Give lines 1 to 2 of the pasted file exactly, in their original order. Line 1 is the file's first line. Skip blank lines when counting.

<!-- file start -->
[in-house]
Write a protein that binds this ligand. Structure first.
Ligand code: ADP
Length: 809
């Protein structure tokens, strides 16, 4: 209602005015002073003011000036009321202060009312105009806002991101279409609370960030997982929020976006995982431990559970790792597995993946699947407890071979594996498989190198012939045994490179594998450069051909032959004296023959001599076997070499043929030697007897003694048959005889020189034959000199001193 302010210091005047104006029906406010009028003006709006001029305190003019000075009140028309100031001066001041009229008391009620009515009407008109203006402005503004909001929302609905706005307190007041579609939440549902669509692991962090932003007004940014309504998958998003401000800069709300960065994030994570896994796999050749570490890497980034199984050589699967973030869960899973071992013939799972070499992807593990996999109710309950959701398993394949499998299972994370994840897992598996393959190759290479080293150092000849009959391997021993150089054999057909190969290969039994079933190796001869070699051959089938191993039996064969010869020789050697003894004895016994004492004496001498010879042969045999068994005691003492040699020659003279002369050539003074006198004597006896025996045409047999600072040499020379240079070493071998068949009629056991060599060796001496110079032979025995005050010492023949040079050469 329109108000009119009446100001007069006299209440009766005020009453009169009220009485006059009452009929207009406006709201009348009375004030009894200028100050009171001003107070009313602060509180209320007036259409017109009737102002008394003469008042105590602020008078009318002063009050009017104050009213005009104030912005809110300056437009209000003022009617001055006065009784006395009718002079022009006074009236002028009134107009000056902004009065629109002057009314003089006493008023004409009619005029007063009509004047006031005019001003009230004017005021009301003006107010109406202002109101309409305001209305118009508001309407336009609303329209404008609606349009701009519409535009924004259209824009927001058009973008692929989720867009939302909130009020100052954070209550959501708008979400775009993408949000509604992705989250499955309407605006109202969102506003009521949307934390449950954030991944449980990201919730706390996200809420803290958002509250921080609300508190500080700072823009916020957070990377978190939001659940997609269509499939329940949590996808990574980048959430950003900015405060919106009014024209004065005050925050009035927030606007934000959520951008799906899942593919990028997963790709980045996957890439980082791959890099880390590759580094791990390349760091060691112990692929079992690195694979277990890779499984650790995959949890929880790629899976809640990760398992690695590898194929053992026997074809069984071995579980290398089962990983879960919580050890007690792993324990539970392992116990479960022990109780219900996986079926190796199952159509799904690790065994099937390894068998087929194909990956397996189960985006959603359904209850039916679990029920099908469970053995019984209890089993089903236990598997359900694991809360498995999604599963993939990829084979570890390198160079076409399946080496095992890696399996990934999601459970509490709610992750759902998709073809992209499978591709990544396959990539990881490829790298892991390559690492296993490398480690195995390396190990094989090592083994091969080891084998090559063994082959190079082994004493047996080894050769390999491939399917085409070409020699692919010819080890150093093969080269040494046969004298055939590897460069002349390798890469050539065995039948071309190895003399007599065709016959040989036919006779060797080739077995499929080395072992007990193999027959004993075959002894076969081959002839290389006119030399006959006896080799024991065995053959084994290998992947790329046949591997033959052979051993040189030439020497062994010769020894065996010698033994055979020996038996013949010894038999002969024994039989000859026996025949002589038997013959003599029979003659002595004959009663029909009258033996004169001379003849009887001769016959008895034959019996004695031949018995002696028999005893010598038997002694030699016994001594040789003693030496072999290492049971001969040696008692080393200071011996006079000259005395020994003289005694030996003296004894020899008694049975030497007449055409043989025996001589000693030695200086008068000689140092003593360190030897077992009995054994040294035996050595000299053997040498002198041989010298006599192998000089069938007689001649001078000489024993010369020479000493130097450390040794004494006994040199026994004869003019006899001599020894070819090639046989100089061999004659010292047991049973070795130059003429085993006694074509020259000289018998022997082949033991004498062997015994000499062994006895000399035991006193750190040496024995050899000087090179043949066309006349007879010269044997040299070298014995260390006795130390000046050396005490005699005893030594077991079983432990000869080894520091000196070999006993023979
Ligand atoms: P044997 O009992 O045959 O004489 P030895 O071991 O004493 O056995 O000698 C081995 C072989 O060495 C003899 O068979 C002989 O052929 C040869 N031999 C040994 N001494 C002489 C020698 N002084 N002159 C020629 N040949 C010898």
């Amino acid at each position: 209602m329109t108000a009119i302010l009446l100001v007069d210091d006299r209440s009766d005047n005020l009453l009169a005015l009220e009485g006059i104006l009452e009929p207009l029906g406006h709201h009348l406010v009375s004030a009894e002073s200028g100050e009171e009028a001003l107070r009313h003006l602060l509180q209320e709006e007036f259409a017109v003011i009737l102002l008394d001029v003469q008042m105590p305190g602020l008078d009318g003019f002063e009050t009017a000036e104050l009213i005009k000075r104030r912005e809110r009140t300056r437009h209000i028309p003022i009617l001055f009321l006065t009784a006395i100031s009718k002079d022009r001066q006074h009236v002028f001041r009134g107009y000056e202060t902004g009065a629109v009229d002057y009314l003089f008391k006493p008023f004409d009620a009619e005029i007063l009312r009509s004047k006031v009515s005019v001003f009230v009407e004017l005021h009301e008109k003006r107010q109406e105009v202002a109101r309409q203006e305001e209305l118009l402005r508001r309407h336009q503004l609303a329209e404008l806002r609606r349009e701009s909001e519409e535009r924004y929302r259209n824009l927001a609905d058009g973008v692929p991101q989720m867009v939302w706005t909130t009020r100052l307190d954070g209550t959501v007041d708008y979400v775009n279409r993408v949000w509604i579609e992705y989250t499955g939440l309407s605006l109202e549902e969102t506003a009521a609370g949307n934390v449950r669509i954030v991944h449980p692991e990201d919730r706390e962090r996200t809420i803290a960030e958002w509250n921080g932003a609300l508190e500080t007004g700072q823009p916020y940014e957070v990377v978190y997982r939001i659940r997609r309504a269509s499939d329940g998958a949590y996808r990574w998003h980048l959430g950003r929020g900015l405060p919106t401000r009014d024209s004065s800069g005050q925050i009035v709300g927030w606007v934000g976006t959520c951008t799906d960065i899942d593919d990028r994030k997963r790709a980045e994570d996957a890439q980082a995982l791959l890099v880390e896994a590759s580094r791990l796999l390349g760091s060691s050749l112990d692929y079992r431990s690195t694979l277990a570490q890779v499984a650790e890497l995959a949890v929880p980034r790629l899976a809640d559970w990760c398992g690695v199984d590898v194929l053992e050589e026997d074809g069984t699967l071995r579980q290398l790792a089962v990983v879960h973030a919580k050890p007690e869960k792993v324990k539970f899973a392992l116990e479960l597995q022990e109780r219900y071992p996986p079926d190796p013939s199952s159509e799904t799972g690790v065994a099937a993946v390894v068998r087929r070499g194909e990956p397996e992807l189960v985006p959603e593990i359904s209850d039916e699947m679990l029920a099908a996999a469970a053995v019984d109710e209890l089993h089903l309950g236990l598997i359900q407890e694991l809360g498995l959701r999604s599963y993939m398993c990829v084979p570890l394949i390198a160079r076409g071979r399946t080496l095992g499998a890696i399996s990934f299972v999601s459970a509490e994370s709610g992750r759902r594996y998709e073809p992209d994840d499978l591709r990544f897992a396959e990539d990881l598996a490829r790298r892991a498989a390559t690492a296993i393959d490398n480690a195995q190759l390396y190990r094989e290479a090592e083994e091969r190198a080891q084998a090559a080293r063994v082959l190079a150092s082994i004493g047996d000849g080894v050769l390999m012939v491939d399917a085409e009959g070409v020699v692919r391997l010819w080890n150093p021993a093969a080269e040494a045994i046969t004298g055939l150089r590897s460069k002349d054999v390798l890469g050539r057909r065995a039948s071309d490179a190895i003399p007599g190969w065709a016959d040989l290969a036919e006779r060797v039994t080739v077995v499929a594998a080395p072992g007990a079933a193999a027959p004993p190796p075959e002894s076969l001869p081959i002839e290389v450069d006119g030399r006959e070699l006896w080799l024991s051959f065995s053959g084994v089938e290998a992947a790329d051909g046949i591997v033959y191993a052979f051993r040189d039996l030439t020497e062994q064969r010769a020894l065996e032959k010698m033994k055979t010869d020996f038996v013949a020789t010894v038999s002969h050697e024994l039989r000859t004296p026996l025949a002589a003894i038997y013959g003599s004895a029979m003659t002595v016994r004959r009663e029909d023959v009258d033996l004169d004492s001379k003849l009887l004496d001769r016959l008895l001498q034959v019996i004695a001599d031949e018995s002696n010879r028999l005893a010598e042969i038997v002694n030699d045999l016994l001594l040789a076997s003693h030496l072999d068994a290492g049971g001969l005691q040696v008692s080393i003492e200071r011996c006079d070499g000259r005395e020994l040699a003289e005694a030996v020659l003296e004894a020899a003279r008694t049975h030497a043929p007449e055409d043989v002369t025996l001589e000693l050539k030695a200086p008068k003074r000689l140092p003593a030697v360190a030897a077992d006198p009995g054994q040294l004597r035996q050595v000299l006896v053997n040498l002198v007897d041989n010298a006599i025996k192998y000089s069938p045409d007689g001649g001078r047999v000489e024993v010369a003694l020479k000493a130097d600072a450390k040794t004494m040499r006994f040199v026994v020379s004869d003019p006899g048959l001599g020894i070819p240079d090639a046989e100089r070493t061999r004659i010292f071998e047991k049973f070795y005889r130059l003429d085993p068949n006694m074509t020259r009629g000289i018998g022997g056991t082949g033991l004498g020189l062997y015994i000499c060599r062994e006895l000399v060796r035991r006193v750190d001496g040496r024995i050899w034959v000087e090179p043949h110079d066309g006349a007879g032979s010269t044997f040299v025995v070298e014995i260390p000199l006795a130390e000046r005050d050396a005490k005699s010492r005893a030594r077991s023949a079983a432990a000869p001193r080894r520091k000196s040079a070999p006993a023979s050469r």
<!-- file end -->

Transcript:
[in-house]
Write a protein that binds this ligand. Structure first.